For novice writers, using a detailed sentence outline is the most helpful. The outline follows a basic format, including an introduction, the body of the manuscript, and the conclusion. Each of these headings should be filled in with detailed information. You can save a lot of time if your information is detailed in outline form, as a strong detailed outline provides the template for the manuscript.
The introduction is the "bait" for readers. We all have so much information to read today, including books, journals, newsletters, and Internet communication, that the initial information presented in a manuscript must be able to grab readers. Why should readers want or need to read your manuscript? The body of the manuscript provides all of the background information, such as the literature review, and provides the message to readers. The conclusion wraps up the manuscript and provides a coherent ending to all of the information that has been presented in the manuscript. The conclusion also provides the author a place to identify future directions and further areas of study for the information that was presented. The conclusion is generally one or two paragraphs.
Point of View
Identify a point of view in which to write your manuscript. The point of view is the person: first person, second person, or third person. Review your target journal before you choose your person, as each journal has a general style or relationship with readers. Decide how personal you want to be with your audience. I was taught early on to write in an impersonal voice (third person) when writing any scientific material (e.g., "The nurse should...," "The patient feels the pain when ...," "Several studies have determined the cost effectiveness to be ..."). Third person may be necessary when reporting research findings, but it can be disengaging and lead to disinterest with readers. If you are writing from your personal experience, then first person may be appropriate, as well as more engaging for readers. For example, sentences written in the first person would include things such as "I first noticed a rise in infection rates when...." Information that provides a series of steps to a new procedure might be suited to second person (e.g., "First, apply gloves." "Wipe the area...."). The most important determinants of your point of view are the subject matter and the purpose of your manuscript. Once a point of view is established, attempt to maintain that point of view throughout as much of your manuscript as possible.
Visual aids, including photographs, figures, and tables, work to enhance the manuscript. A manuscript that is strictly text is less visually appealing than one that is interspersed with visuals. Any visual that is used must be fully explained and directly connected to the textual material in the manuscript. For example, in a manuscript discussing disseminated intravascular coagulation (DIC), the author would likely review the causes of DIC in the text of the manuscript. A table that correlates with this information also would be visually appealing. Photographs most likely would not work well in a manuscript on this topic. However, a photograph of a clot associated with a vascular access device leading to superior vena cava syndrome would be a great visual aid in a manuscript about superior vena cava syndrome.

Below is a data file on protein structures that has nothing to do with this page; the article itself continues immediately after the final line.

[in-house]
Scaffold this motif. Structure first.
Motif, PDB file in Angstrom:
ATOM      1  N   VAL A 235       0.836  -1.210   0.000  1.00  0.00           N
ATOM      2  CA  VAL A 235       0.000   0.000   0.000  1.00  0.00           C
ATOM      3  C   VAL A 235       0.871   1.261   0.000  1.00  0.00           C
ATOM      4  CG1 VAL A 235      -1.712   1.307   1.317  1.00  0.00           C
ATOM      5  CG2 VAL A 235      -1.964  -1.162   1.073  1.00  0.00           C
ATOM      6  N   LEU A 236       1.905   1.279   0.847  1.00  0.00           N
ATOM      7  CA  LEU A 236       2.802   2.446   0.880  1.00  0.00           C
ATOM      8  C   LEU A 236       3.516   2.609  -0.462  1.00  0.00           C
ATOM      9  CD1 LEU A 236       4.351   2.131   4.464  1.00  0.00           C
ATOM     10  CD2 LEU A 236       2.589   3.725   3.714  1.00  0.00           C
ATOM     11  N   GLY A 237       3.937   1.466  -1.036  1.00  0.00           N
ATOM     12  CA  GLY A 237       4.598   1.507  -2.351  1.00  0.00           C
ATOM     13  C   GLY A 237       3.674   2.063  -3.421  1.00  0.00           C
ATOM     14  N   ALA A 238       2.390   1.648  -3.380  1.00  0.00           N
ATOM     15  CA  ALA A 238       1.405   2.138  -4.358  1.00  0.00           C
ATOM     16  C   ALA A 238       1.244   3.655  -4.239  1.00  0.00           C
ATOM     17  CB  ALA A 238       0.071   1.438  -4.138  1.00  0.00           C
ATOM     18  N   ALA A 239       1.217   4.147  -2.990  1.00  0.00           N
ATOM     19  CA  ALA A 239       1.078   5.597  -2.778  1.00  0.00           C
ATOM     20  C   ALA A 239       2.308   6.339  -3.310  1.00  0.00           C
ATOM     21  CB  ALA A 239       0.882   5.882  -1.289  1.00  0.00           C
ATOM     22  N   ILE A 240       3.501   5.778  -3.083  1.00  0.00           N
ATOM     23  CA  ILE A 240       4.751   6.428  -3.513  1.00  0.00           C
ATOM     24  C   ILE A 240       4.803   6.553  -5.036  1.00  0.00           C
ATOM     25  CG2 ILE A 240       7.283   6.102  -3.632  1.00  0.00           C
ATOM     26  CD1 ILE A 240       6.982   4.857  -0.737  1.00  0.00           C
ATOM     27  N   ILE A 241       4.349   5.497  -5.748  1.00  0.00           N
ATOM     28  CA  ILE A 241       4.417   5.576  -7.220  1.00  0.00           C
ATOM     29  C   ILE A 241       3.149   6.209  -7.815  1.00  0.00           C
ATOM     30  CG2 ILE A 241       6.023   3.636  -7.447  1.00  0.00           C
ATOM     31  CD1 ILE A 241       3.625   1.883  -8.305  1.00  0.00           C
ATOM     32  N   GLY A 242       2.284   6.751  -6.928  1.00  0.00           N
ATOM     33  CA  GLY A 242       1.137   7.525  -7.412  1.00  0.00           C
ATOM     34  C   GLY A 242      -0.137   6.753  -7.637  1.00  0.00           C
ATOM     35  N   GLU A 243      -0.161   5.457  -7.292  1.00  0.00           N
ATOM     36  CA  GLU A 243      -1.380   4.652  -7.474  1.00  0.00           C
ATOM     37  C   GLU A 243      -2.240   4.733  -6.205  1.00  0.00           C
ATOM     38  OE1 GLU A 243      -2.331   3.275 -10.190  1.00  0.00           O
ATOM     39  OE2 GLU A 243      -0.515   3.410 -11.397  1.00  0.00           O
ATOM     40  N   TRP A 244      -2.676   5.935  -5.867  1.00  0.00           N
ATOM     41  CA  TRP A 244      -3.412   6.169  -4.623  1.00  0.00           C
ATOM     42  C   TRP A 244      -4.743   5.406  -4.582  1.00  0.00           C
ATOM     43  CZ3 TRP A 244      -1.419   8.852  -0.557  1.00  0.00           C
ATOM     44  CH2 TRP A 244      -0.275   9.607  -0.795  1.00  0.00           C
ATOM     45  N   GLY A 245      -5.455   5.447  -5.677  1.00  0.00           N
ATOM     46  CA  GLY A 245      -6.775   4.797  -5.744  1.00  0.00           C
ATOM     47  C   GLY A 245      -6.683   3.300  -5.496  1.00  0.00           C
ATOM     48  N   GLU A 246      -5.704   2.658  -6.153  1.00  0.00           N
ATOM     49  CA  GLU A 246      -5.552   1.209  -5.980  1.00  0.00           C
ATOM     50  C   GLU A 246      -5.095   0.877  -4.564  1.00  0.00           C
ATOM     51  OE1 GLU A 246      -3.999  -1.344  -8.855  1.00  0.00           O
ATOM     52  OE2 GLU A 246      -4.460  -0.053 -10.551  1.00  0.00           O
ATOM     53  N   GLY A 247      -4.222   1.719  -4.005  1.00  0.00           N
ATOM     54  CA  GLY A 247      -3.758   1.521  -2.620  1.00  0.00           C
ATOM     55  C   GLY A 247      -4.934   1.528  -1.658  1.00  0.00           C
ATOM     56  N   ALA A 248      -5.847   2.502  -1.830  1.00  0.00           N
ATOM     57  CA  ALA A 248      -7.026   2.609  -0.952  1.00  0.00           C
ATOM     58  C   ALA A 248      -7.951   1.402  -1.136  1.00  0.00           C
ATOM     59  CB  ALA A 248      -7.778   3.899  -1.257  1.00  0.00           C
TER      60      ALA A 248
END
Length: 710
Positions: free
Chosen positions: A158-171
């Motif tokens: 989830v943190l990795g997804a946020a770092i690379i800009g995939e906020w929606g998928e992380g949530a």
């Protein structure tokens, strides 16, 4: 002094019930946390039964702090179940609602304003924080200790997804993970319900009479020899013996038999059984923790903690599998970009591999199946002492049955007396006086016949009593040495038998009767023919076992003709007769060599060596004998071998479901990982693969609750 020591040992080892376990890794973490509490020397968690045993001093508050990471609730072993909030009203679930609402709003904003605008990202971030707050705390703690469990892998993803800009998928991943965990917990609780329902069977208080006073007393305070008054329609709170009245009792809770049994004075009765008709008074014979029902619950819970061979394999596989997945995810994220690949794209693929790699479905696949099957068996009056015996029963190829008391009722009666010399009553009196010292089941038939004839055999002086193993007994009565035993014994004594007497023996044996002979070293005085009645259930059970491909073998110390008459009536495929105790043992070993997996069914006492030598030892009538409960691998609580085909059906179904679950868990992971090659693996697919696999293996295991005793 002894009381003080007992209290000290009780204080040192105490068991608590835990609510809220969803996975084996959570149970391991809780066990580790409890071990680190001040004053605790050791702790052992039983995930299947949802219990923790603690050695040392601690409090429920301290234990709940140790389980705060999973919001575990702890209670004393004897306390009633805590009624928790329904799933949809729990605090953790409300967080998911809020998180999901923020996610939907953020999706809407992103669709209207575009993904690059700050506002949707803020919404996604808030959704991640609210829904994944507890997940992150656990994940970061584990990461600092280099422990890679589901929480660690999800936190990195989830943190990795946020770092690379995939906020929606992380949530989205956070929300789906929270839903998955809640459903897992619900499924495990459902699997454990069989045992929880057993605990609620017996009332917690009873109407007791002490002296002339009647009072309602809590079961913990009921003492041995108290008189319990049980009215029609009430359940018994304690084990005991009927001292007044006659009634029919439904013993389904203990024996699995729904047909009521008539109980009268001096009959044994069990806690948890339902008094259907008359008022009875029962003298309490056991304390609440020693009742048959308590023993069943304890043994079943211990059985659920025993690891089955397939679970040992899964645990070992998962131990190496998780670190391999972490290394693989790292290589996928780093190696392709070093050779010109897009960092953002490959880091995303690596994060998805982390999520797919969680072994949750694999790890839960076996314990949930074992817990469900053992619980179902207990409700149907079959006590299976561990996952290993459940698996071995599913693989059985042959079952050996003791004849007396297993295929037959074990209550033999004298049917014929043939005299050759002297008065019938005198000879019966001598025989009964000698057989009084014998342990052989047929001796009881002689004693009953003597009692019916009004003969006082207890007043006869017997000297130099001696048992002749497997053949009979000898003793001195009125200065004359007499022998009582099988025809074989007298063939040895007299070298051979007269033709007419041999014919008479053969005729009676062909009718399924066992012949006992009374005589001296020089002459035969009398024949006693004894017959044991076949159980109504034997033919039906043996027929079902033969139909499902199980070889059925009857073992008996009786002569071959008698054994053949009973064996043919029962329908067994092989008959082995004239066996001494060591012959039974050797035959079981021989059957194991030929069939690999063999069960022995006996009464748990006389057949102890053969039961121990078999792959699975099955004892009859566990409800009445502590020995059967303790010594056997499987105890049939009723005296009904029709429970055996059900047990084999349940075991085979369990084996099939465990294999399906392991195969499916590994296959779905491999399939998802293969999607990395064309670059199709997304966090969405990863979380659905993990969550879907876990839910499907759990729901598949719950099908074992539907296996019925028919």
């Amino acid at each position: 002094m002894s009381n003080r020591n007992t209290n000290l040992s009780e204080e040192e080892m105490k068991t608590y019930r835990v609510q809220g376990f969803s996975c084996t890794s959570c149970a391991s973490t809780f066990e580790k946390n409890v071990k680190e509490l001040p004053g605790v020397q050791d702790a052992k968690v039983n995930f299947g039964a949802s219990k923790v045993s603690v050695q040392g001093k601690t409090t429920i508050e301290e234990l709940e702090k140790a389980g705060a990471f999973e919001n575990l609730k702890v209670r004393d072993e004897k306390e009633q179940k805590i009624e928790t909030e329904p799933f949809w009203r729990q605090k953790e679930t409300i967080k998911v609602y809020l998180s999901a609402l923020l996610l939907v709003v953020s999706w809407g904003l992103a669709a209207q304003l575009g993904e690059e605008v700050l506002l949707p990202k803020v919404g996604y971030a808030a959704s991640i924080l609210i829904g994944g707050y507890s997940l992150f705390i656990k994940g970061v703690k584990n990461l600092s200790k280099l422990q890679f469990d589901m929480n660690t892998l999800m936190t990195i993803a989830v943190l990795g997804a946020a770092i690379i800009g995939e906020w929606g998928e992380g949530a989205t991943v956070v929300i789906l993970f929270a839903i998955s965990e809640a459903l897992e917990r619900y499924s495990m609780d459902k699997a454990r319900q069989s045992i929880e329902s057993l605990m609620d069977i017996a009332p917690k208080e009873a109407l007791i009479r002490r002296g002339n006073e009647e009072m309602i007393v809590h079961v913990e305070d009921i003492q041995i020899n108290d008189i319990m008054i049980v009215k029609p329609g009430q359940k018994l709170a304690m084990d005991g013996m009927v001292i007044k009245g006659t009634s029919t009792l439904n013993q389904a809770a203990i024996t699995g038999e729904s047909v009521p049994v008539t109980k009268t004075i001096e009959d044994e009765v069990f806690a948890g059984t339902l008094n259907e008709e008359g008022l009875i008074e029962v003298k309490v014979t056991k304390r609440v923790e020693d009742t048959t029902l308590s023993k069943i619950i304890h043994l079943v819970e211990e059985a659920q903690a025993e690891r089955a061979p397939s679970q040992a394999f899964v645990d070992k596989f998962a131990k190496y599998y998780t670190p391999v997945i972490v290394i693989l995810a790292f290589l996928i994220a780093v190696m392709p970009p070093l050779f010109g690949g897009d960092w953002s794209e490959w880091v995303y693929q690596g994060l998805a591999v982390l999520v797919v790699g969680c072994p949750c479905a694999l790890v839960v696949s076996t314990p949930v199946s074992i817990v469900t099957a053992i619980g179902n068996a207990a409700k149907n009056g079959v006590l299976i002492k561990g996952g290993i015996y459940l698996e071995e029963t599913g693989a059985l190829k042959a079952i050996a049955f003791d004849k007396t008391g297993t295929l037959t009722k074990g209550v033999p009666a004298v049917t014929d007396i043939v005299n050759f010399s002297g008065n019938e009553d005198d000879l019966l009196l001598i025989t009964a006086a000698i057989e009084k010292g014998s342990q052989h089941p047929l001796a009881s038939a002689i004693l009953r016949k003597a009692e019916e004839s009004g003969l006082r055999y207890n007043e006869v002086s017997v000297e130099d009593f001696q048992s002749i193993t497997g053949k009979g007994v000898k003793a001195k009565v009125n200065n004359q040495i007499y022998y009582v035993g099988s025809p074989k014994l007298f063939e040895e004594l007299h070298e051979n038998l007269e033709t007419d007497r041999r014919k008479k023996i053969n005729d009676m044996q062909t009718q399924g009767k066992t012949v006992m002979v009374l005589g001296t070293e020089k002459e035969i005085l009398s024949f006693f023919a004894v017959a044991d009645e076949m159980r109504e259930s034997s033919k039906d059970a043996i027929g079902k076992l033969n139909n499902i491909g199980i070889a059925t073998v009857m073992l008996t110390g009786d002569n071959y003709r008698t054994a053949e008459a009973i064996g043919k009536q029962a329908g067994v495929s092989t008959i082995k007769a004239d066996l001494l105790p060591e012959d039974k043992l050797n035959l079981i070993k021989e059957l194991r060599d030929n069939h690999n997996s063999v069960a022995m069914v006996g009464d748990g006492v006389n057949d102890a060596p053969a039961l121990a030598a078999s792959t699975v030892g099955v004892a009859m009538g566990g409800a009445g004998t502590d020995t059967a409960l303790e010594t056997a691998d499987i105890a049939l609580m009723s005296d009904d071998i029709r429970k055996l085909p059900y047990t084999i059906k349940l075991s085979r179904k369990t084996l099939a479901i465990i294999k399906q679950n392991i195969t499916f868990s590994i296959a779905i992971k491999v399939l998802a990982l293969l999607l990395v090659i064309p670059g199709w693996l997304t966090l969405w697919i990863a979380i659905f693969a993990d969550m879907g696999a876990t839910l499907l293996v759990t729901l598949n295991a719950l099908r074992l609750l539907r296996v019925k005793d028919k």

Here is my "Top 10" list of grammatical tips that I and several experienced editors of nursing journals and texts have compiled.
- Generally speaking, shorter words are better than longer words. Words such as utilize, parameter, likewise, or preferable add nothing to how a manuscript reads. Consider instead using "use" for utilize or "better" or "best" for preferable.
- Lists of words in a manuscript read easier if they are written in order from the shortest word to the longest word. For example, write "pulse, blood pressure, oxygen saturation, and central venous pressure."
- Use a combination of sentence structures when writing a manuscript, including simple, compound, and complex sentences. Many writers avoid using simple sentences, which can lead to long, drawn out, and sometimes difficult to read sentences.
- Use plural nouns to avoid she/he/her/him clutter. For instance, the sentence, "The nurse uses his or her assessment findings." reads better as "Nurses use their assessment findings."
- Avoid overuse of the words "nurses should" because they sound like the author is lecturing the reader. Instead, consider saying that "Nurses need to monitor blood pressure closely," or better yet, use an active voice and simply say, "Monitor blood pressure closely."